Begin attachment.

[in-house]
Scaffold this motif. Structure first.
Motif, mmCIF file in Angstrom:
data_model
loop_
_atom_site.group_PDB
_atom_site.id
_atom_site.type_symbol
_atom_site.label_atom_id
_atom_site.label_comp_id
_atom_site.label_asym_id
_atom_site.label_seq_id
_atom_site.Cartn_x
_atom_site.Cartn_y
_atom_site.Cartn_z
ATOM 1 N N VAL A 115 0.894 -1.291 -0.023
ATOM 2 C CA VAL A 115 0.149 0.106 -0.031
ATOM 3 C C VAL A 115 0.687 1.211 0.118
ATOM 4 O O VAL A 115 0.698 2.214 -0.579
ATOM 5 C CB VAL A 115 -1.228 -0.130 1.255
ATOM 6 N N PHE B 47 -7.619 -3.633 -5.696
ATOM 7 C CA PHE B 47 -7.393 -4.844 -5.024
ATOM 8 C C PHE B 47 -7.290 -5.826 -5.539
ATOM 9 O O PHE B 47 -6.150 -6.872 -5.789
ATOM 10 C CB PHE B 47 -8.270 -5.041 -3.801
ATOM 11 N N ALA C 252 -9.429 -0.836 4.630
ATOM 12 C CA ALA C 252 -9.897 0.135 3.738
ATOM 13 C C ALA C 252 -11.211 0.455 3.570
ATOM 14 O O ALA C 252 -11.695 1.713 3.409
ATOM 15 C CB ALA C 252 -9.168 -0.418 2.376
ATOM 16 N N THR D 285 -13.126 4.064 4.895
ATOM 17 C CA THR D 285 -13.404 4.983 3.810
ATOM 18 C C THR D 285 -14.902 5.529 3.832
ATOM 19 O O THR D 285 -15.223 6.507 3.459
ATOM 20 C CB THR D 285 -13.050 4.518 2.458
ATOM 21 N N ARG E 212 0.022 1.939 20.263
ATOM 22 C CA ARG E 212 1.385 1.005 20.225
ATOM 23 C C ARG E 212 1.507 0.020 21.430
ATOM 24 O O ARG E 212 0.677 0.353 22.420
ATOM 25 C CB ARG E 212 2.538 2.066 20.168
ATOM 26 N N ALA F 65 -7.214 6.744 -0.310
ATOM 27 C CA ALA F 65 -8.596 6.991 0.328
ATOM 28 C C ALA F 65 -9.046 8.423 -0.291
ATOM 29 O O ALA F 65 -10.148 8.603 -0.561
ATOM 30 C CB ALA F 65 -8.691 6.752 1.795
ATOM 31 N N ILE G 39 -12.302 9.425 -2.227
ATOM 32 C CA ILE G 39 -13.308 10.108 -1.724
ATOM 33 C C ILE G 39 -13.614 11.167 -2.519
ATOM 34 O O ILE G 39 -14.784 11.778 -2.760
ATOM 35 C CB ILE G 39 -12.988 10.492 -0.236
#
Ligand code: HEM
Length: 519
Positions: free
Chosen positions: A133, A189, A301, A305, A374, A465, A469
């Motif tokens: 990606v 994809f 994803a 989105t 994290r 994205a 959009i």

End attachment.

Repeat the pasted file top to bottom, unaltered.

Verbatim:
[in-house]
Scaffold this motif. Structure first.
Motif, mmCIF file in Angstrom:
data_model
loop_
_atom_site.group_PDB
_atom_site.id
_atom_site.type_symbol
_atom_site.label_atom_id
_atom_site.label_comp_id
_atom_site.label_asym_id
_atom_site.label_seq_id
_atom_site.Cartn_x
_atom_site.Cartn_y
_atom_site.Cartn_z
ATOM 1 N N VAL A 115 0.894 -1.291 -0.023
ATOM 2 C CA VAL A 115 0.149 0.106 -0.031
ATOM 3 C C VAL A 115 0.687 1.211 0.118
ATOM 4 O O VAL A 115 0.698 2.214 -0.579
ATOM 5 C CB VAL A 115 -1.228 -0.130 1.255
ATOM 6 N N PHE B 47 -7.619 -3.633 -5.696
ATOM 7 C CA PHE B 47 -7.393 -4.844 -5.024
ATOM 8 C C PHE B 47 -7.290 -5.826 -5.539
ATOM 9 O O PHE B 47 -6.150 -6.872 -5.789
ATOM 10 C CB PHE B 47 -8.270 -5.041 -3.801
ATOM 11 N N ALA C 252 -9.429 -0.836 4.630
ATOM 12 C CA ALA C 252 -9.897 0.135 3.738
ATOM 13 C C ALA C 252 -11.211 0.455 3.570
ATOM 14 O O ALA C 252 -11.695 1.713 3.409
ATOM 15 C CB ALA C 252 -9.168 -0.418 2.376
ATOM 16 N N THR D 285 -13.126 4.064 4.895
ATOM 17 C CA THR D 285 -13.404 4.983 3.810
ATOM 18 C C THR D 285 -14.902 5.529 3.832
ATOM 19 O O THR D 285 -15.223 6.507 3.459
ATOM 20 C CB THR D 285 -13.050 4.518 2.458
ATOM 21 N N ARG E 212 0.022 1.939 20.263
ATOM 22 C CA ARG E 212 1.385 1.005 20.225
ATOM 23 C C ARG E 212 1.507 0.020 21.430
ATOM 24 O O ARG E 212 0.677 0.353 22.420
ATOM 25 C CB ARG E 212 2.538 2.066 20.168
ATOM 26 N N ALA F 65 -7.214 6.744 -0.310
ATOM 27 C CA ALA F 65 -8.596 6.991 0.328
ATOM 28 C C ALA F 65 -9.046 8.423 -0.291
ATOM 29 O O ALA F 65 -10.148 8.603 -0.561
ATOM 30 C CB ALA F 65 -8.691 6.752 1.795
ATOM 31 N N ILE G 39 -12.302 9.425 -2.227
ATOM 32 C CA ILE G 39 -13.308 10.108 -1.724
ATOM 33 C C ILE G 39 -13.614 11.167 -2.519
ATOM 34 O O ILE G 39 -14.784 11.778 -2.760
ATOM 35 C CB ILE G 39 -12.988 10.492 -0.236
#
Ligand code: HEM
Length: 519
Positions: free
Chosen positions: A133, A189, A301, A305, A374, A465, A469
């Motif tokens: 990606v 994809f 994803a 989105t 994290r 994205a 959009i």